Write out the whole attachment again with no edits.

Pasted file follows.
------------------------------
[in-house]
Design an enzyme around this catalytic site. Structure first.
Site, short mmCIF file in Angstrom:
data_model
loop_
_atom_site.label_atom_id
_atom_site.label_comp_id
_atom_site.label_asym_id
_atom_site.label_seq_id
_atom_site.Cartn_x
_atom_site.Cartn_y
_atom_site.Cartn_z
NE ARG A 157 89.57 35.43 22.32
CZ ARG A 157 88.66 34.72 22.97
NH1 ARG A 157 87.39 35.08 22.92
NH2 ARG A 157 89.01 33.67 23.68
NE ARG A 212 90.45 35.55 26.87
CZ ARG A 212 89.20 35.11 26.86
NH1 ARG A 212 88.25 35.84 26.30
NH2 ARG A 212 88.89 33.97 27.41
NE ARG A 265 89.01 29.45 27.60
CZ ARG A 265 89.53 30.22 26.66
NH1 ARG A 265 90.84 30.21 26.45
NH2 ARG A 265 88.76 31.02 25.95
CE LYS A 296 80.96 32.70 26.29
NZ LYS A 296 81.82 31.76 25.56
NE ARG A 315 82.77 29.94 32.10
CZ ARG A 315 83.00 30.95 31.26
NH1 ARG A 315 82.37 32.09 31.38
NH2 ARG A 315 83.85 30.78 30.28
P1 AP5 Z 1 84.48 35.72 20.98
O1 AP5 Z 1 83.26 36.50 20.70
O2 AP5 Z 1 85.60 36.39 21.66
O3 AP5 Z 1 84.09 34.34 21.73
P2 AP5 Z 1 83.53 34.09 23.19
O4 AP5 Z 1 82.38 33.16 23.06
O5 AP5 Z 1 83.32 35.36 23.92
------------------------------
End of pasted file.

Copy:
[in-house]
Design an enzyme around this catalytic site. Structure first.
Site, short mmCIF file in Angstrom:
data_model
loop_
_atom_site.label_atom_id
_atom_site.label_comp_id
_atom_site.label_asym_id
_atom_site.label_seq_id
_atom_site.Cartn_x
_atom_site.Cartn_y
_atom_site.Cartn_z
NE ARG A 157 89.57 35.43 22.32
CZ ARG A 157 88.66 34.72 22.97
NH1 ARG A 157 87.39 35.08 22.92
NH2 ARG A 157 89.01 33.67 23.68
NE ARG A 212 90.45 35.55 26.87
CZ ARG A 212 89.20 35.11 26.86
NH1 ARG A 212 88.25 35.84 26.30
NH2 ARG A 212 88.89 33.97 27.41
NE ARG A 265 89.01 29.45 27.60
CZ ARG A 265 89.53 30.22 26.66
NH1 ARG A 265 90.84 30.21 26.45
NH2 ARG A 265 88.76 31.02 25.95
CE LYS A 296 80.96 32.70 26.29
NZ LYS A 296 81.82 31.76 25.56
NE ARG A 315 82.77 29.94 32.10
CZ ARG A 315 83.00 30.95 31.26
NH1 ARG A 315 82.37 32.09 31.38
NH2 ARG A 315 83.85 30.78 30.28
P1 AP5 Z 1 84.48 35.72 20.98
O1 AP5 Z 1 83.26 36.50 20.70
O2 AP5 Z 1 85.60 36.39 21.66
O3 AP5 Z 1 84.09 34.34 21.73
P2 AP5 Z 1 83.53 34.09 23.19
O4 AP5 Z 1 82.38 33.16 23.06
O5 AP5 Z 1 83.32 35.36 23.92